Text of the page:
As with any exercise, lift with safety in mind.  Make sure any leg press you use is in good working order and the weights you use are loaded securely.  If you are going to attempt extremely heavy weights, have a few spotters stand by.  If you miss a rep in the leg press, it may be too heavy for one spotter to get it off you. A 500 pound squatter can be pressing around 1000 pounds.  That can be real heavy!  When warming up, start your light reps with partial presses and increase the range as you progress. 

     Lastly, let's look at how we can incorporate the leg press in our training schedule.  The key thing to remember is not to over train on assistance work.  For most lifters, I would recommend squatting once per week and leg pressing on light days to the exclusion of squats.  This way, your lower back will remain fresh and not be overly stressed by the demands of squatting and deadlifting.  Sets and reps are up to you.  I suggest keeping reps in line with your current cycling set-up.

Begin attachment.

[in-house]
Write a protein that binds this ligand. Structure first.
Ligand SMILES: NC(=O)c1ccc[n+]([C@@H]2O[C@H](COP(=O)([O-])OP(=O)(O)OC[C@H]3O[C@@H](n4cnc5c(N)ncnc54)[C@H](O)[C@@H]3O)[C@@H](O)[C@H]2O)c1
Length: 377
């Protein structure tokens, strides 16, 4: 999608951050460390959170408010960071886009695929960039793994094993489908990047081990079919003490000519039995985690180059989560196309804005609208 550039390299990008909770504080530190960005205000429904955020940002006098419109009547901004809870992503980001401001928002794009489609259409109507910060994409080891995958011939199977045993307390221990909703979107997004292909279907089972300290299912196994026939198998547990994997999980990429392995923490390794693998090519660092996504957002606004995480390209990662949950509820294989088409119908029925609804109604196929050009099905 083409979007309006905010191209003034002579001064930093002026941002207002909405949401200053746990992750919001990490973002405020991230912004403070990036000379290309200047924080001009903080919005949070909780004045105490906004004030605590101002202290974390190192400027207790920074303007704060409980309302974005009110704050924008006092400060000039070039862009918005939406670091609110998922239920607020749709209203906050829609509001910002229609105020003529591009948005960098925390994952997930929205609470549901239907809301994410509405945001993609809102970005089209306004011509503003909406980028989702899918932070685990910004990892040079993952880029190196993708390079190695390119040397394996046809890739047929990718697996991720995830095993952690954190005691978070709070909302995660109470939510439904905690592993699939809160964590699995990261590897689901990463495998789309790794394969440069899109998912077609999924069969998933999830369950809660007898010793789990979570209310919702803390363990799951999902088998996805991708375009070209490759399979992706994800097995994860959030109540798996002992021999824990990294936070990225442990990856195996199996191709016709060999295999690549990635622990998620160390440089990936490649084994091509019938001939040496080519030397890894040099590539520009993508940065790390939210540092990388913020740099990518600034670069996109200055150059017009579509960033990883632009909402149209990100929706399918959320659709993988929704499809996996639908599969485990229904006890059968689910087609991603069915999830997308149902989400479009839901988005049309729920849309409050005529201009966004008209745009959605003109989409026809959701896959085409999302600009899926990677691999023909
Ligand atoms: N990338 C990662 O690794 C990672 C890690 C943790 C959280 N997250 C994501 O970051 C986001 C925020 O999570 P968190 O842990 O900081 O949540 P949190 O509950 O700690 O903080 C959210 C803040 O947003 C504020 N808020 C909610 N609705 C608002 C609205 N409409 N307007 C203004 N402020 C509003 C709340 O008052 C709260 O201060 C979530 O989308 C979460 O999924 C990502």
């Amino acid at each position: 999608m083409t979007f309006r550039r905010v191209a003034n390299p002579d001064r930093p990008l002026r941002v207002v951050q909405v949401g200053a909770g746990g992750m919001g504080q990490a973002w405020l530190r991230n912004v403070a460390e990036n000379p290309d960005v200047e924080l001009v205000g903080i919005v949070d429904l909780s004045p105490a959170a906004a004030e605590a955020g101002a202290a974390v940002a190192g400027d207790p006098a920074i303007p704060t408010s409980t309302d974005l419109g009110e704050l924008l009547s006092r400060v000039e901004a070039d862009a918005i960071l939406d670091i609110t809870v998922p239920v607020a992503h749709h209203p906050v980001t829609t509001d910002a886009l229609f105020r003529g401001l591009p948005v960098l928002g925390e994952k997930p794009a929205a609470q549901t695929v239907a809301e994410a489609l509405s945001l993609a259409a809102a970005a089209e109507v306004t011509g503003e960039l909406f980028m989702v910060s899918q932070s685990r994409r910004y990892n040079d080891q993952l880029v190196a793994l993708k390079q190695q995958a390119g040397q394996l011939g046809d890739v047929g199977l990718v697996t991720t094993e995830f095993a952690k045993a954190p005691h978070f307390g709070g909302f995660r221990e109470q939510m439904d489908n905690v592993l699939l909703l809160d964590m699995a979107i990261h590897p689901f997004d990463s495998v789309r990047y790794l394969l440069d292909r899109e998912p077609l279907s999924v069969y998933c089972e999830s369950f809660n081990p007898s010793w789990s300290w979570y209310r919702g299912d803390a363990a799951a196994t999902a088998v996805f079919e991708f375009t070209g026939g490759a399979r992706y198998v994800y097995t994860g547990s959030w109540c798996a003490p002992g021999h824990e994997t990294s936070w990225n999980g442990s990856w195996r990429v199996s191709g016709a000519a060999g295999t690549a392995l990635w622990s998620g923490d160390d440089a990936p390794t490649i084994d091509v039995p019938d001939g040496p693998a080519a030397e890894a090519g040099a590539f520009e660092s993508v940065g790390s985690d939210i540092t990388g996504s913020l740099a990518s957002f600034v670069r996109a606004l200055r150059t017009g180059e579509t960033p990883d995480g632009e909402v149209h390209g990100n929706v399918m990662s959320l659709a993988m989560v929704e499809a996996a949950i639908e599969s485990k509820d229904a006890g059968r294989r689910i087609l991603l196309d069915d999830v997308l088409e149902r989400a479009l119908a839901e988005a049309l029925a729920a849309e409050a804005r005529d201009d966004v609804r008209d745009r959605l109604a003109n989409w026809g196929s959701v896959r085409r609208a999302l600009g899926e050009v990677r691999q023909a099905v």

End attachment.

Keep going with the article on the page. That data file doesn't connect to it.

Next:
Leg presses are not a substitute for hard work in the squat.  They are still your best bet for power.  But incorporating the leg press in your training schedule can allow lifters to strengthen the legs and hips and not over stress the lower back in the process.  It also provides an injured lifter with an avenue to maintain power while on the mend.  Variety is also another benefit.  I hope I have given you some food for thought on what can be an effective assistance exercise; the leg press. 


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Reproduction of this article, in whole or part, for any purposed other than personal use is prohibited without written consent. Copyright 1998 Doug Daniels.